Addiction Awareness Scholarship Campaign 2021 Round 1
To raise awareness as to the causes, consequences and treatment of addiction, Seasons in Malibu, an addiction treatment center, is seeking to reward essay applicants $1,500 in scholarships- for students entering college or already enrolled in a higher education institution.
The aim of the annual scholarship is to bring attention as to why addiction, in various forms, is becoming more prevalent in our society and how can we address the issue of an increasing number of people dealing with addiction.
The scholarship is open to any major who can shed light on this issue. It may be a personal story that you can share or a more researched essay.
QUESTIONS TO BE ANSWERED IN YOUR ESSAY / APPLICATION
- Why do you believe we as a nation are dealing with an addiction crisis?
- What are the consequences of this addiction for the individual and society?
- How can we remedy the crisis on both the individual and societal level?
by Kaycee Evans
This essay shows the way my life crumbles as my dad's addiction escalated quickly.
by Amber Nicole Mathis
With addicting products being so easy for people to get in touch with, help do your part to stop the chain. It's today's sad reality that so many lives are destroyed by addiction.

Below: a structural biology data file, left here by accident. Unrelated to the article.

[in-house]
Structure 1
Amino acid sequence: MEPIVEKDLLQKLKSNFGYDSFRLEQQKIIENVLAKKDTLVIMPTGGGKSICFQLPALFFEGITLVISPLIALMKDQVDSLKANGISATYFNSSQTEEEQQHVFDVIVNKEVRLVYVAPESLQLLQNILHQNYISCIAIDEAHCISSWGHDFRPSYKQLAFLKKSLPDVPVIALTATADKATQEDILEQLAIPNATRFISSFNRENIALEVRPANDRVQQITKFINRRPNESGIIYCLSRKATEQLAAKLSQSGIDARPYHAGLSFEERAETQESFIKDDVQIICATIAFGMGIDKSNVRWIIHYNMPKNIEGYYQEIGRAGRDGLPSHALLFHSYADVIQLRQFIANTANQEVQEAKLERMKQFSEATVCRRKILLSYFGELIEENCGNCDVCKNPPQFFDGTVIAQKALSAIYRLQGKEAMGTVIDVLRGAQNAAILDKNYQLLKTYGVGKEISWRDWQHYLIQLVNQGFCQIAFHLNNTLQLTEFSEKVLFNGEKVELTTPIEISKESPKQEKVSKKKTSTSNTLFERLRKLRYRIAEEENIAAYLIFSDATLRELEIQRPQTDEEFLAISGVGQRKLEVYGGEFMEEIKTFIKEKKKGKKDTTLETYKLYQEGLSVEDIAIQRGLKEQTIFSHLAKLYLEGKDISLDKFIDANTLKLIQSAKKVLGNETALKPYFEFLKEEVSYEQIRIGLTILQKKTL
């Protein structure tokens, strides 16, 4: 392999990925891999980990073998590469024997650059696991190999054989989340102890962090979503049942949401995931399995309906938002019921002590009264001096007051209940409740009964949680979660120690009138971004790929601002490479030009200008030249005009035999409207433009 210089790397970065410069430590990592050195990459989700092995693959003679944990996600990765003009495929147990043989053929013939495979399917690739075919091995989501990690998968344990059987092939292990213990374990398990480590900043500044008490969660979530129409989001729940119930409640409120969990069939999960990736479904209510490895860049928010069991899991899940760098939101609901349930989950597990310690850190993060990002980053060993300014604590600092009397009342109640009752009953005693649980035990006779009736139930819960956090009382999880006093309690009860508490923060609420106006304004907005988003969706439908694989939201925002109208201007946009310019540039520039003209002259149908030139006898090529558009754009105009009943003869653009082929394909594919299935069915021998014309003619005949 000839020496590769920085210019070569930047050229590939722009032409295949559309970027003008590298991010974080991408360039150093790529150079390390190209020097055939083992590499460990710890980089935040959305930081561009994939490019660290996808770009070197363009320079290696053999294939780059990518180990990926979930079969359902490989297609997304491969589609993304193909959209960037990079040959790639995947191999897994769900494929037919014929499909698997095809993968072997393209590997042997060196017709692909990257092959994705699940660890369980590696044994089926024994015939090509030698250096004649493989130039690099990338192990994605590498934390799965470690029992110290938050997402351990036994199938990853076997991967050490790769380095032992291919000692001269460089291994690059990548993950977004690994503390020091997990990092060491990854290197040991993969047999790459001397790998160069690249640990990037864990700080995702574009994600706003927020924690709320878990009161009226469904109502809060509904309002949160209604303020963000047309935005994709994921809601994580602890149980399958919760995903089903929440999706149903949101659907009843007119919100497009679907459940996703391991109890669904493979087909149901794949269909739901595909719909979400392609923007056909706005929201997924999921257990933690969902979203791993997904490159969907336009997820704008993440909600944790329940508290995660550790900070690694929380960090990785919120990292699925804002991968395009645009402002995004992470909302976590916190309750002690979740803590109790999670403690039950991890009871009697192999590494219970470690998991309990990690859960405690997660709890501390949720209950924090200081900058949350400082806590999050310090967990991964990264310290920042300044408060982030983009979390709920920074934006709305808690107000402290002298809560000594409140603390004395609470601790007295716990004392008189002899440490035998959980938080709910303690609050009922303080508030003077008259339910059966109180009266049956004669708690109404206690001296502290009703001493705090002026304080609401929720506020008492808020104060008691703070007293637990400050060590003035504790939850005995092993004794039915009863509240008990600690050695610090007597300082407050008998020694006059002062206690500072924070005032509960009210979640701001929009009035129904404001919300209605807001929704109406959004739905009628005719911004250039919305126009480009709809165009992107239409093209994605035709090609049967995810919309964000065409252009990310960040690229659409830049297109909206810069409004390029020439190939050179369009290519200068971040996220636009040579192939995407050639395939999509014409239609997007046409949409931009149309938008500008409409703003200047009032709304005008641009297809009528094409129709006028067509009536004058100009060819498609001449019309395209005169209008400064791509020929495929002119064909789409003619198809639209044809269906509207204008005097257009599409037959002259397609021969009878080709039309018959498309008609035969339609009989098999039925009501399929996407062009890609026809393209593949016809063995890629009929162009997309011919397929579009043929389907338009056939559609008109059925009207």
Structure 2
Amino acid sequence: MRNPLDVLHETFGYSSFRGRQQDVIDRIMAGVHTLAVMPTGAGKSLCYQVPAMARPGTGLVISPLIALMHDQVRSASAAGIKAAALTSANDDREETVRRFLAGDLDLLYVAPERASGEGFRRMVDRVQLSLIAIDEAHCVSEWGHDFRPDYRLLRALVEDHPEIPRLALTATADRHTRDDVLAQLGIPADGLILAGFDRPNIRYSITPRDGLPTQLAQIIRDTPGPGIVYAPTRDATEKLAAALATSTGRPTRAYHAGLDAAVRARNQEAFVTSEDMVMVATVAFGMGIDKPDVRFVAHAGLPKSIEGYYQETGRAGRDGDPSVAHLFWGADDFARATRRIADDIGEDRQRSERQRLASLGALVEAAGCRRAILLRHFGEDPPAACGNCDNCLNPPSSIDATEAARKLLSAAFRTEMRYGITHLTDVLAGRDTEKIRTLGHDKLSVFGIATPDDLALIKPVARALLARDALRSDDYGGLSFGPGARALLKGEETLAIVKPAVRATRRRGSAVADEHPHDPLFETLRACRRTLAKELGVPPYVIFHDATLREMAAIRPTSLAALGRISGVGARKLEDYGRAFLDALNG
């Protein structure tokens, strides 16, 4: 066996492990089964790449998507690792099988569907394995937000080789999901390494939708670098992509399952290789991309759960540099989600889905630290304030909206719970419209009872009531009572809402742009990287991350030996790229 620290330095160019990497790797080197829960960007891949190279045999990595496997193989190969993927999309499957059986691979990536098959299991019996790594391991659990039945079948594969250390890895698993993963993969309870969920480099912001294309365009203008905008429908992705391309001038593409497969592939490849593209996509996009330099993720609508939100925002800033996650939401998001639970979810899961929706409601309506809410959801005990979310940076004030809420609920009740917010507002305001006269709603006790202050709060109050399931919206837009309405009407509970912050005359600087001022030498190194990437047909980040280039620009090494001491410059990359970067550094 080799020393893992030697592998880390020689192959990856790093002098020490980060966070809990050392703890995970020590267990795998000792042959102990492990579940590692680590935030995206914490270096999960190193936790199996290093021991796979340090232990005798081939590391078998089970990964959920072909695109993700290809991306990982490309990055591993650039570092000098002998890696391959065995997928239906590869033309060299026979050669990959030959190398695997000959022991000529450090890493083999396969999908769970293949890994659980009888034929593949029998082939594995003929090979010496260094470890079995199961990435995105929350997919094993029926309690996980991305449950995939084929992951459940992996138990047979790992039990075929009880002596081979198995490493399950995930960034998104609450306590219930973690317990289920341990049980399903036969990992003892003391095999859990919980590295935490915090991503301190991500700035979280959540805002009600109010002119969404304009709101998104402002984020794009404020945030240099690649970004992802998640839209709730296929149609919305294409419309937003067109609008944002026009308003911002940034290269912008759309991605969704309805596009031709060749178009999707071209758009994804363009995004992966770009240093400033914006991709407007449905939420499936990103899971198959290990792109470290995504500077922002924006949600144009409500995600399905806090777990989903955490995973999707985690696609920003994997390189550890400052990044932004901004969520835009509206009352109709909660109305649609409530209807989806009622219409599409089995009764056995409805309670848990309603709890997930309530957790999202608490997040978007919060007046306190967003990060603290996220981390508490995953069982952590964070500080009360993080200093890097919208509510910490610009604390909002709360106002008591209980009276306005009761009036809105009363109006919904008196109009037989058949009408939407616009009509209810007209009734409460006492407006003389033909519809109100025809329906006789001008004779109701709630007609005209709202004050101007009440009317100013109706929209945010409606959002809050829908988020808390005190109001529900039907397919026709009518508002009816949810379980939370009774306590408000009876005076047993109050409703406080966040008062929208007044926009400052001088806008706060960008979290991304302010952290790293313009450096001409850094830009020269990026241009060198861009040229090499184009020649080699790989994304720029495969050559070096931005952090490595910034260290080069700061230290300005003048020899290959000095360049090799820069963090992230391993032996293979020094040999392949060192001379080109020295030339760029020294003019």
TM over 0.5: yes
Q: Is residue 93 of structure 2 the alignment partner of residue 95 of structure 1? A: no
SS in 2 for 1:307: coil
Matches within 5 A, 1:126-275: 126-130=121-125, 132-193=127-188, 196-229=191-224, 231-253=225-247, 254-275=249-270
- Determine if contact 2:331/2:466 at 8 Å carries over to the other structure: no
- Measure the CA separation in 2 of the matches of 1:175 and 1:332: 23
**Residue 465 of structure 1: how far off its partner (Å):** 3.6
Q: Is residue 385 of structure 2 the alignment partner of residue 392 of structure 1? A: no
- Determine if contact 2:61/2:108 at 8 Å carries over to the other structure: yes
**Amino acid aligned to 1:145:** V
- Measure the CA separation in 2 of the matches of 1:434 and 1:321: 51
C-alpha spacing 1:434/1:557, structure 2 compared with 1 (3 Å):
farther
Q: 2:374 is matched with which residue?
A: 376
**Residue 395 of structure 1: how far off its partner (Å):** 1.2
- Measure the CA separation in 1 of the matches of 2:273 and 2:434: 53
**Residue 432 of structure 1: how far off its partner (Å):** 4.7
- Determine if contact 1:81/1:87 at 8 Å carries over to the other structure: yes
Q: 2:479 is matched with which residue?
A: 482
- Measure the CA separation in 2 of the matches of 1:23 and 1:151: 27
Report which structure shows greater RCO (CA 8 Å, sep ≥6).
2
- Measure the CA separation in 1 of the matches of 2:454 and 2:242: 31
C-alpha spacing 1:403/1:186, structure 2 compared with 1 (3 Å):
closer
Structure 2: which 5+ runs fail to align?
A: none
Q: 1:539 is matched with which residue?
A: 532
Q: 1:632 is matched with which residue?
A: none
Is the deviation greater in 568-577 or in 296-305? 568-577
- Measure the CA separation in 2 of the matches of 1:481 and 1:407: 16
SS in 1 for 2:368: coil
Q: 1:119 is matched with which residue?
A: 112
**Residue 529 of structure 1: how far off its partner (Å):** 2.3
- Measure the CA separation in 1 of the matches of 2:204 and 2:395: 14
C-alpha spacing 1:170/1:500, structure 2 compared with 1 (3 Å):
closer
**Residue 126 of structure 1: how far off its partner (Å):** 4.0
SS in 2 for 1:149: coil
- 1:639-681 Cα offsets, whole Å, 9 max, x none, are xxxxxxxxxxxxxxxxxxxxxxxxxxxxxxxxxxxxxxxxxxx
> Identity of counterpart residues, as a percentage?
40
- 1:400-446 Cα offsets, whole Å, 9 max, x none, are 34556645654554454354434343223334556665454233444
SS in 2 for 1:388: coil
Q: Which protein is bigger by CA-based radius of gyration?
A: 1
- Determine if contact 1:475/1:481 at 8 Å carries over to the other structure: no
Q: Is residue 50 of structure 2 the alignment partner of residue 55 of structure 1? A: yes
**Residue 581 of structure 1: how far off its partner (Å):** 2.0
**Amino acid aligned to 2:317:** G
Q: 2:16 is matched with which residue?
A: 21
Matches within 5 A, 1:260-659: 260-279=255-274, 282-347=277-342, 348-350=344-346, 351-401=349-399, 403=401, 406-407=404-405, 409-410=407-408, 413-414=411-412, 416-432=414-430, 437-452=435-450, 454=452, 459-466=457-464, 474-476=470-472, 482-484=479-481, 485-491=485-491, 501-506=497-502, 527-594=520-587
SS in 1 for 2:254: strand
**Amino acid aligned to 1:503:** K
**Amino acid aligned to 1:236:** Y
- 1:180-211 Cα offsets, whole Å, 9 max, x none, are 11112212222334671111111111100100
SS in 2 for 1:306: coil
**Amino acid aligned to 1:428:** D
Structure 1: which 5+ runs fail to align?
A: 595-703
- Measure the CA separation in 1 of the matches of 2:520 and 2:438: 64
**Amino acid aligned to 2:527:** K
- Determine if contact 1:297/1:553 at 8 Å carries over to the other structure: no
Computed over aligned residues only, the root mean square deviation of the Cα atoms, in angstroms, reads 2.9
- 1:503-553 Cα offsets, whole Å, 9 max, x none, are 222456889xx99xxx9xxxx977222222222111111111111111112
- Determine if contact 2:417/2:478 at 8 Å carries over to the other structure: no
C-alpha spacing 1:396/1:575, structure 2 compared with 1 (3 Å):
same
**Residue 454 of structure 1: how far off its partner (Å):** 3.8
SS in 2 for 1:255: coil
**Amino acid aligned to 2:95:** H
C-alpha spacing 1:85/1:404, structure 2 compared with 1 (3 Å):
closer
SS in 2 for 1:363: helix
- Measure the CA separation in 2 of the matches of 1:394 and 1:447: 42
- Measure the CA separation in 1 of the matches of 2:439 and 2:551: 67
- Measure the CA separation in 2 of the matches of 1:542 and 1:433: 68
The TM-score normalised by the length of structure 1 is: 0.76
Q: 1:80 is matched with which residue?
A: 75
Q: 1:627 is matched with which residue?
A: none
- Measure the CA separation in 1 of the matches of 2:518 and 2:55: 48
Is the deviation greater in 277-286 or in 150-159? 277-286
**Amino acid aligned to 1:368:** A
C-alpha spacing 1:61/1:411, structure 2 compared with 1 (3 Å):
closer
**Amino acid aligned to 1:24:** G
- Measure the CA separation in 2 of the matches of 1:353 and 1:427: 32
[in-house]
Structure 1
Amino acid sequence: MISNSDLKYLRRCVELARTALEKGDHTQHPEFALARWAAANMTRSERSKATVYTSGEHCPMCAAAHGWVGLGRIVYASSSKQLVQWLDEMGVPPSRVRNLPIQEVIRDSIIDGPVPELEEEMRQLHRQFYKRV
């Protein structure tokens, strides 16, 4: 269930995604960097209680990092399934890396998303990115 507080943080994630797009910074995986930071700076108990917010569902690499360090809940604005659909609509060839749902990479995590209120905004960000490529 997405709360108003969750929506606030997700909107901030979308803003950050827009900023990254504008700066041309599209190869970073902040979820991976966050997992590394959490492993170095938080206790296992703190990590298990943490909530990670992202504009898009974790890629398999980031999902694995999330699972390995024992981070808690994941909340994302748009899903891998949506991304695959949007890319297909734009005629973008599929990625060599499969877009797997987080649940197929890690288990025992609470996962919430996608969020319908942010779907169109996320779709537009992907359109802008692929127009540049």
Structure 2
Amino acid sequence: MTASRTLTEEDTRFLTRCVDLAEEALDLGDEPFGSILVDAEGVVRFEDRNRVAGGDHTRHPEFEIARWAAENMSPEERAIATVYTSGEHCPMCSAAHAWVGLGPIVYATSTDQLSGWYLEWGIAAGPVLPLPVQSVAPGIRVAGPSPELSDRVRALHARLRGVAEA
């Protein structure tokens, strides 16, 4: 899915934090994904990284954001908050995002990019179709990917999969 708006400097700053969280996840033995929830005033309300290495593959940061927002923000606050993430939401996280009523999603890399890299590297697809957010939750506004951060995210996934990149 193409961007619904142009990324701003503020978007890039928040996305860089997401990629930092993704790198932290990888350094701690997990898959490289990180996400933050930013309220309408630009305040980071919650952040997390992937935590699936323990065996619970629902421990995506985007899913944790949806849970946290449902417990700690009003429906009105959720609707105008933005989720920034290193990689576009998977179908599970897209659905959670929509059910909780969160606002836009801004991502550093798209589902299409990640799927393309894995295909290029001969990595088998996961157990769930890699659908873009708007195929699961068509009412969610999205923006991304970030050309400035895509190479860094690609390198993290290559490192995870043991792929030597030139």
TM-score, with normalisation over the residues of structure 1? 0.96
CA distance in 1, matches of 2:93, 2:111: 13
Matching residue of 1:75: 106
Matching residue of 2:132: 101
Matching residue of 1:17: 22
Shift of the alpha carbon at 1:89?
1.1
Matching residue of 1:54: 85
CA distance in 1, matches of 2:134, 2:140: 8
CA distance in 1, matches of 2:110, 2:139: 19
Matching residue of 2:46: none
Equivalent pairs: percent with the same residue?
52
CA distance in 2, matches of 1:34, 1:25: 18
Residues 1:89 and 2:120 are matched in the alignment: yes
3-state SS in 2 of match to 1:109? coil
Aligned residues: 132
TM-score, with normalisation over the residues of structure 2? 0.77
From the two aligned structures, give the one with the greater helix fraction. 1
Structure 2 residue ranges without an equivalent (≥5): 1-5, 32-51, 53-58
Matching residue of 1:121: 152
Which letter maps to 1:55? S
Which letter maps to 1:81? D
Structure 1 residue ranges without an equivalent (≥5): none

by Ahlara Faith Kent
“Trauma not transformed is trauma transferred”-Tabitha Mpamira-Kaguri. It is my belief and personal experience that unhealed trauma is a root cause of addiction. I also believe that, as a nation, we are dealing with personal, collective, and intergenerational trauma. My remedy for the addiction crisis is through teaching resiliency, self-empowerment, and connection.
by Laura Madison
An essay on my personal experience with addiction and those who have been addicted, as well as how these things can be prevented and helped.
by Moriah Lit
Hello! Thank you for your consideration for this scholarship. This is my story of addiction, awakening, and finding the journey of success through education. I appreciate the committee's consideration and look forward to hearing from you in the near future. Thank you.
by Alex Rice